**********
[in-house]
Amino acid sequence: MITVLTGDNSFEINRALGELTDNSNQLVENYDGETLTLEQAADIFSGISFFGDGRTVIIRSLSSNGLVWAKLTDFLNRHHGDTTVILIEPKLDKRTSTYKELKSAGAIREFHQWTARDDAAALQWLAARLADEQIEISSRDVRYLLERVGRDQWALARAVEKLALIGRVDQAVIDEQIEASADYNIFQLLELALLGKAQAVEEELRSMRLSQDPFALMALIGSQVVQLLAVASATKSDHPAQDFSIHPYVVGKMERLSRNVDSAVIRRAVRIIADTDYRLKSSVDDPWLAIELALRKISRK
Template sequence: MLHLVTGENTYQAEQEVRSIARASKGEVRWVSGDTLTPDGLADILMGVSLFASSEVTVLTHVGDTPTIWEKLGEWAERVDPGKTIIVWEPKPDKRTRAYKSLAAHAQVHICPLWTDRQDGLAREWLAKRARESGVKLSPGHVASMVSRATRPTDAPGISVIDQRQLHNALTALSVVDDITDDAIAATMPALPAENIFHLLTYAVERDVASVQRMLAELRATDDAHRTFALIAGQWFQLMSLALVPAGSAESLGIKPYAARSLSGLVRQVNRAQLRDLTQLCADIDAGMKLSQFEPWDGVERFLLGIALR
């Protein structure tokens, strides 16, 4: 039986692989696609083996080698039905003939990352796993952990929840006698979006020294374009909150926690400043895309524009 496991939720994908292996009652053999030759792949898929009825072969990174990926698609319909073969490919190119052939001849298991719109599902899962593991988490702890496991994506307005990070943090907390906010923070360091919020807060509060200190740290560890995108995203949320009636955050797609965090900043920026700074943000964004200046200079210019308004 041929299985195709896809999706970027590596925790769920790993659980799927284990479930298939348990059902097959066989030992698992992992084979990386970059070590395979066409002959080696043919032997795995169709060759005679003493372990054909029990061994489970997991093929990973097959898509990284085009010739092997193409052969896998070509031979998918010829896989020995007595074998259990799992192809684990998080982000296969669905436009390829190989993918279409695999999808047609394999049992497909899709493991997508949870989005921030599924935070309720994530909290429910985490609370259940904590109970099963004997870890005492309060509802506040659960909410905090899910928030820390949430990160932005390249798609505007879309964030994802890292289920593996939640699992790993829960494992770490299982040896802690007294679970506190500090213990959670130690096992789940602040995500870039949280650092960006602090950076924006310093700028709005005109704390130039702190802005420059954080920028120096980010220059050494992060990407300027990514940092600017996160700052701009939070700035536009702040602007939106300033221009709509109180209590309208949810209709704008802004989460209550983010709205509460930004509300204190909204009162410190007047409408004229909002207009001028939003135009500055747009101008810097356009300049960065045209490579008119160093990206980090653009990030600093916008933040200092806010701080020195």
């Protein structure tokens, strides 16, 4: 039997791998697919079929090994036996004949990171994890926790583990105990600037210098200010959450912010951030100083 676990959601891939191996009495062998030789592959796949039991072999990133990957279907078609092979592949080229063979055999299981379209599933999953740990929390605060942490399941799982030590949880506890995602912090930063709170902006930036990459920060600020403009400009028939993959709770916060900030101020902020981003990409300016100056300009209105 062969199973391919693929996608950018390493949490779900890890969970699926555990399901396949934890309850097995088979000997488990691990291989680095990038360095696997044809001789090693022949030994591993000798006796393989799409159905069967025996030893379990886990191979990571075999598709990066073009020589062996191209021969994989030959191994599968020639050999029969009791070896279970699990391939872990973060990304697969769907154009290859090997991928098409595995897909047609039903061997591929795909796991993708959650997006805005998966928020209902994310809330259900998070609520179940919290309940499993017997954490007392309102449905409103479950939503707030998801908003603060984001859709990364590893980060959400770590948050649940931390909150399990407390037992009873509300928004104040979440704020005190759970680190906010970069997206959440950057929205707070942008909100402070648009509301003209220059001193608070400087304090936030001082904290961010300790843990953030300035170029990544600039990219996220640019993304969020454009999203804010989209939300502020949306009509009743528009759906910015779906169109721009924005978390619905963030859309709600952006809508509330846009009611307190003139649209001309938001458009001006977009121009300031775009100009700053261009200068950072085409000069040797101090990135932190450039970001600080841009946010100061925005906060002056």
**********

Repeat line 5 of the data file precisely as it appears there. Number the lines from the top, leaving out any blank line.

């Protein structure tokens, strides 16, 4: 039997791998697919079929090994036996004949990171994890926790583990105990600037210098200010959450912010951030100083 676990959601891939191996009495062998030789592959796949039991072999990133990957279907078609092979592949080229063979055999299981379209599933999953740990929390605060942490399941799982030590949880506890995602912090930063709170902006930036990459920060600020403009400009028939993959709770916060900030101020902020981003990409300016100056300009209105 062969199973391919693929996608950018390493949490779900890890969970699926555990399901396949934890309850097995088979000997488990691990291989680095990038360095696997044809001789090693022949030994591993000798006796393989799409159905069967025996030893379990886990191979990571075999598709990066073009020589062996191209021969994989030959191994599968020639050999029969009791070896279970699990391939872990973060990304697969769907154009290859090997991928098409595995897909047609039903061997591929795909796991993708959650997006805005998966928020209902994310809330259900998070609520179940919290309940499993017997954490007392309102449905409103479950939503707030998801908003603060984001859709990364590893980060959400770590948050649940931390909150399990407390037992009873509300928004104040979440704020005190759970680190906010970069997206959440950057929205707070942008909100402070648009509301003209220059001193608070400087304090936030001082904290961010300790843990953030300035170029990544600039990219996220640019993304969020454009999203804010989209939300502020949306009509009743528009759906910015779906169109721009924005978390619905963030859309709600952006809508509330846009009611307190003139649209001309938001458009001006977009121009300031775009100009700053261009200068950072085409000069040797101090990135932190450039970001600080841009946010100061925005906060002056």